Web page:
Failings in HSE Audiology Services in the West of Ireland. When will we learn?
I read with dismay reports of the 49 children who were failed by substandard audiology services in the Sligo and Roscommon area. This is yet another example of the HSE failing its patients.
We already know that we have a health service with a number of inadequacies, including:
- A&E Departments with thousands of people waiting on trolleys.
- Obstetric failings as evidenced by the report into maternity services at Portlaoise hospital.
- Mental health services with unacceptable delays, in particular, for young people.
- Lengthy queues for outpatient appointments especially ophthalmology.
- More recently we have learned that we have a cervical cancer screening process which failed to detect pre-cancerous cells in ladies who took the proactive step of looking after their health and presented for screening, yet were given false results. Worse still when the error came to light they were not informed.
- Furthermore, my colleagues and I at Cantillons act for a large number of people who have been left down by the HSE. We have seen negligent care given to patients across the entire range of services from orthopaedic failings, to cardiology to radiology errors to birth injuries. We have also seen risk management reviews which failed victims and we have seen blatant wrongdoing covered up and denied.
The list of HSE failings goes on. Now sadly, we can add to that list an audiology service which has seriously failed the children of the West of Ireland over at least a 10 year period.
So many questions spring to mind. These are the same questions that arise every time another failing in the system is uncovered. The answers are never clear.
- How did we let this happen?
- Why was it not detected sooner?
- Who was auditing and reviewing the service over those 10 years of substandard care?
- Once the investigation commenced why did the report take so long to be completed and released?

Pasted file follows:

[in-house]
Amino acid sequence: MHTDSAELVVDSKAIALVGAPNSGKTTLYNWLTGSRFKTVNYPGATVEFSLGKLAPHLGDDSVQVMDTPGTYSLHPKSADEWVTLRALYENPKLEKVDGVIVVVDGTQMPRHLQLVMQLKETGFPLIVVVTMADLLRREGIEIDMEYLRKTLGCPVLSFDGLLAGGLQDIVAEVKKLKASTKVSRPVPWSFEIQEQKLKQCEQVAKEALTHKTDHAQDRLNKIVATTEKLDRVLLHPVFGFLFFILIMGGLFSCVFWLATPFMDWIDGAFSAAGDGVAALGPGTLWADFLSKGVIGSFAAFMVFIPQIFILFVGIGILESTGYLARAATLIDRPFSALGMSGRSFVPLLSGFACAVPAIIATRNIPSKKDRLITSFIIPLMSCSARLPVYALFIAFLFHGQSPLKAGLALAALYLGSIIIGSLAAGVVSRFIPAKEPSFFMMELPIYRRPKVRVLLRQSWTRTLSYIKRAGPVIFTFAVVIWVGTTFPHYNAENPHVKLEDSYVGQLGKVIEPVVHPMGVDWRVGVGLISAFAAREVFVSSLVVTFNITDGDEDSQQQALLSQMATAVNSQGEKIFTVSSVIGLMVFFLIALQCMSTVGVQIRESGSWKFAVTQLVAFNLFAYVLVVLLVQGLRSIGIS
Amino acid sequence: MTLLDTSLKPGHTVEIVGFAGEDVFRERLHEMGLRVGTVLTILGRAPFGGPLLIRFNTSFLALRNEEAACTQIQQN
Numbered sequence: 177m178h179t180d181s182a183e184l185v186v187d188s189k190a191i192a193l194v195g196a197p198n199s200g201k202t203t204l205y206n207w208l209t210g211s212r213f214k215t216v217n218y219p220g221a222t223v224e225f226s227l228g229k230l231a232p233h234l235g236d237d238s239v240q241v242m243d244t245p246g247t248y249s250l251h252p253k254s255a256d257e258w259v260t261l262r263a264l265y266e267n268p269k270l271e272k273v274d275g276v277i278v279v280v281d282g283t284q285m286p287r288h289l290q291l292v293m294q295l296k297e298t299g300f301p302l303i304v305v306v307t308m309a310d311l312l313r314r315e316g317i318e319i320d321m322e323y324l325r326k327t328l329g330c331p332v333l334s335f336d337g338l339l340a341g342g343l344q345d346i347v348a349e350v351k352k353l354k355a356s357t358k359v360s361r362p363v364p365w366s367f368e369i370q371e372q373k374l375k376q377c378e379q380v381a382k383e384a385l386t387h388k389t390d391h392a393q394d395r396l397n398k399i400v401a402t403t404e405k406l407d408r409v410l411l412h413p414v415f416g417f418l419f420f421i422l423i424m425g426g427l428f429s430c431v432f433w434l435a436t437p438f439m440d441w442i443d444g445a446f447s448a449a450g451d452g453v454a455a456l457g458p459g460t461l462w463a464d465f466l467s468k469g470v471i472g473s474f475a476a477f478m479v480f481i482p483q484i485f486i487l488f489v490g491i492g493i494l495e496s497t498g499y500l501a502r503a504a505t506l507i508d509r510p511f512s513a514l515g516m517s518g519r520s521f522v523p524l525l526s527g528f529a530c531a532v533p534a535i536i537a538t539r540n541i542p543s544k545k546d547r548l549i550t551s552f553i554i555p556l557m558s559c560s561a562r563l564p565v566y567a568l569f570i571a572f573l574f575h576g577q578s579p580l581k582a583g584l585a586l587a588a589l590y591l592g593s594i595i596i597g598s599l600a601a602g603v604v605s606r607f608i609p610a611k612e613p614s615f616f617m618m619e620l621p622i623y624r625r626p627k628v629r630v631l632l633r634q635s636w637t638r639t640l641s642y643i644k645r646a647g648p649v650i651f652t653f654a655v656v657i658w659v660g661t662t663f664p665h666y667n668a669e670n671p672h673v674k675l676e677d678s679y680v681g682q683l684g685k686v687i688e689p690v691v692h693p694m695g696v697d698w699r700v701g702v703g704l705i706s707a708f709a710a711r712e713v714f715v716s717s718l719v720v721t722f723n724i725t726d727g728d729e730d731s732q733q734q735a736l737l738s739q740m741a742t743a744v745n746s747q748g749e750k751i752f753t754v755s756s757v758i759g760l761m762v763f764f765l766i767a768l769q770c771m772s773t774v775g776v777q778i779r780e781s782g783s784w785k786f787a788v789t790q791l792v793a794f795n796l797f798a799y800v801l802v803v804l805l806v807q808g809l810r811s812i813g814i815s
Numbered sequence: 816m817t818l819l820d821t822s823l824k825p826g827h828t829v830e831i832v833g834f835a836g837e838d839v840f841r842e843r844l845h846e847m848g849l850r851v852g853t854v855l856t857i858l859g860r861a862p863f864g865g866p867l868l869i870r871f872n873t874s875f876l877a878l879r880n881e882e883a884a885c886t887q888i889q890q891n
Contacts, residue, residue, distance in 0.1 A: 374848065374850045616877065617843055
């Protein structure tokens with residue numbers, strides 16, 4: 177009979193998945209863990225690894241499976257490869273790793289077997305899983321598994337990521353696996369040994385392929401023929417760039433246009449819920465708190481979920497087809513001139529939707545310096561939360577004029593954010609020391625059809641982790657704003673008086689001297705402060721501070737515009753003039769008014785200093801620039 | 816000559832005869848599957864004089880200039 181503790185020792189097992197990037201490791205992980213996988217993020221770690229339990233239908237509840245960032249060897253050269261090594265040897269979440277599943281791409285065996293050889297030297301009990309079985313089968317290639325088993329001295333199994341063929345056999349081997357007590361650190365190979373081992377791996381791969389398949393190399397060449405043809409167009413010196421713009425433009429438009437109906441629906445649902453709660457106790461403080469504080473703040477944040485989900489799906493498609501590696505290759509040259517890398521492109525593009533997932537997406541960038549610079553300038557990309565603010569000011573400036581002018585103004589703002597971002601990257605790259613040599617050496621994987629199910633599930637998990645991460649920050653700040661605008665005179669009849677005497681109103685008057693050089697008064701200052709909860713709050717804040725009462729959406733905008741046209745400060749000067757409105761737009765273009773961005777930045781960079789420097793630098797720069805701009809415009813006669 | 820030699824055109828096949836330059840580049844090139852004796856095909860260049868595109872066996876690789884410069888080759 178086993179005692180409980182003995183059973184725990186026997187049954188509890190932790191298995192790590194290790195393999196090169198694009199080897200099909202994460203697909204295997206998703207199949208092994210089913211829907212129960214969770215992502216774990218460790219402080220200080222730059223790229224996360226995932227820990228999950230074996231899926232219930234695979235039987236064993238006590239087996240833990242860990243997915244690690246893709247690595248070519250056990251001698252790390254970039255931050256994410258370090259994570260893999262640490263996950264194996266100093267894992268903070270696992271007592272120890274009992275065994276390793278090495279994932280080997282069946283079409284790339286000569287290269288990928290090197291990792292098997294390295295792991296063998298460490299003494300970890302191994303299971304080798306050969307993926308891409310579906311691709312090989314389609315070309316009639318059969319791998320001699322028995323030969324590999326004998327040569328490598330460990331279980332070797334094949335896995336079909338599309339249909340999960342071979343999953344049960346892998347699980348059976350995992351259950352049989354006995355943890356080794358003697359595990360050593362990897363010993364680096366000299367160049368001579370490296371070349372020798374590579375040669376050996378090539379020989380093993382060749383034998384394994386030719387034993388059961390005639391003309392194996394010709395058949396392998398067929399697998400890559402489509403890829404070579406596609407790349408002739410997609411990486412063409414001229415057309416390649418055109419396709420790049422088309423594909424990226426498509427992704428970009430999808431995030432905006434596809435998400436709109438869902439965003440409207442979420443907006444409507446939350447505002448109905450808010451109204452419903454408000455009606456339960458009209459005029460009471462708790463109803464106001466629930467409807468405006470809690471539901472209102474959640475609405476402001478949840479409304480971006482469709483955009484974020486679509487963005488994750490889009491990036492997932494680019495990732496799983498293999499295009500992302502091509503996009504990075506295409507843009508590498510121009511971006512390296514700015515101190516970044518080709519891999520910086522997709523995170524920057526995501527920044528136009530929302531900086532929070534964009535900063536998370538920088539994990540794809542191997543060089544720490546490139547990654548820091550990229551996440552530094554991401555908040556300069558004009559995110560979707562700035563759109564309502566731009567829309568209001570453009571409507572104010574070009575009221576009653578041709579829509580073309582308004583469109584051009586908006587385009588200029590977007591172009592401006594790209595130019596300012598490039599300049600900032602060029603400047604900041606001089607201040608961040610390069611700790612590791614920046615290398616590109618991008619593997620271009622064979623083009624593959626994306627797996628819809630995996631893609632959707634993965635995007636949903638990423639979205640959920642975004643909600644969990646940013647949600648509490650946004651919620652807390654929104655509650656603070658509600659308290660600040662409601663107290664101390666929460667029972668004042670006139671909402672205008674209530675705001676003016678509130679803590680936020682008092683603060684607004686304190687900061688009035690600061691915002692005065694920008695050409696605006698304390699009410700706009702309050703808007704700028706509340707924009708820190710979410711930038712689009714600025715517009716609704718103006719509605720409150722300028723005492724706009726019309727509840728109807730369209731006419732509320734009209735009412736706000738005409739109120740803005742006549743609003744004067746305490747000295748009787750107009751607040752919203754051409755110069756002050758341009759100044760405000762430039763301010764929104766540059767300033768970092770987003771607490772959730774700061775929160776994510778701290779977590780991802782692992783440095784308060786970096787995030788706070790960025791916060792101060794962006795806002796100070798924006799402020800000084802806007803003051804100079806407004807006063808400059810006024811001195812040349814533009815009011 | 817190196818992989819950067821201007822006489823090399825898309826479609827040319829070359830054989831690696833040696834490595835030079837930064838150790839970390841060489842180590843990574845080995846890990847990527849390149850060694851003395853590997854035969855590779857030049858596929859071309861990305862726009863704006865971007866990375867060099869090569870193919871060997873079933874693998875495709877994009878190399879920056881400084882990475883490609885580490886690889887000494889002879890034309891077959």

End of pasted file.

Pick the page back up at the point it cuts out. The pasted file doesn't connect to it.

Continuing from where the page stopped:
- Why were the people affected not informed immediately?
- Why did it take so long for an apology to be given?
- Are we doing everything possible to assist the people affected and the children who will suffer lifelong adverse effects due to these failings?
- Why are the HSE filing full defences to these cases?
- What will be learned from the review?
- What will change?
We know of these 49 children and their families, but the worry is that there are many more potentially affected. It appears that the HSE have reviewed cases for this Audiologist for a period of six years only and in certain areas only. The HSE should review all cases that the Audiologist was involved in over the entire period he was employed. Calls have also been made for the HSE to broaden the regions covered by their inquiry. This is obvious. The HSE know of an individual audiologist who had serious failings in the service provided to children. The HSE know that this individual worked in other areas of Ireland, they know where he worked and they can determine the children who received those services. The HSE therefore have a duty of care to these children and perhaps adults to broaden their inquiry now (if they have not already done so).
In the short-term, we need to help the children and their families affected. We also need to ensure that all children who came under this audiologist’s care are reviewed immediately and receive appropriate treatment if necessary.
In the long-term, we must learn from this. Failings can and do occur in any service. The HSE must monitor, review and audit all services against International best practice, implement any recommendation identified and continue the continuous cycle of re-auditing at regular intervals.
Moreover the HSE and medical professionals must tell people on a timely basis when a failing has occurred. Minister for Health, Simon Harris has said that it is right and proper that the health service apologises when errors are found and take swift action to support those impacted. Hopefully the 49 children and their families are all receiving those individual apologies today along with all supports they require. Hopefully the next time we learn of a failing in our health system that those apologies and the appropriate supports will already have been given.
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Orla qualified as a Solicitor in 2014, having complete her traineeship with the firm. Since joining the firm in 2012, Orla has gained a variety of experience acting for clients and their families.Orla has a particular focus on medical negligence and defective medical device claims, including acting for clients who have received the recalled DePuy ASR hip device. Orla is also a Registered Pharmacist and previously worked for a number of years as a hospital clinical pharmacist. Her combined knowledge of pharmacy and law benefits her work in the Medical Negligence team at the firm. She listens and responds to individual clients’ varying needs.
Qualifications / Associations
- Honours Bachelor’s Degree in Civil Law
- Honours Master’s Degree in Pharmacy
- Postgraduate Diploma in Clinical Pharmacy
- Admitted to the Roll of Solicitors 2014
- Member of Pharmaceutical Society of Ireland
- Member of Action Against Medical Accidents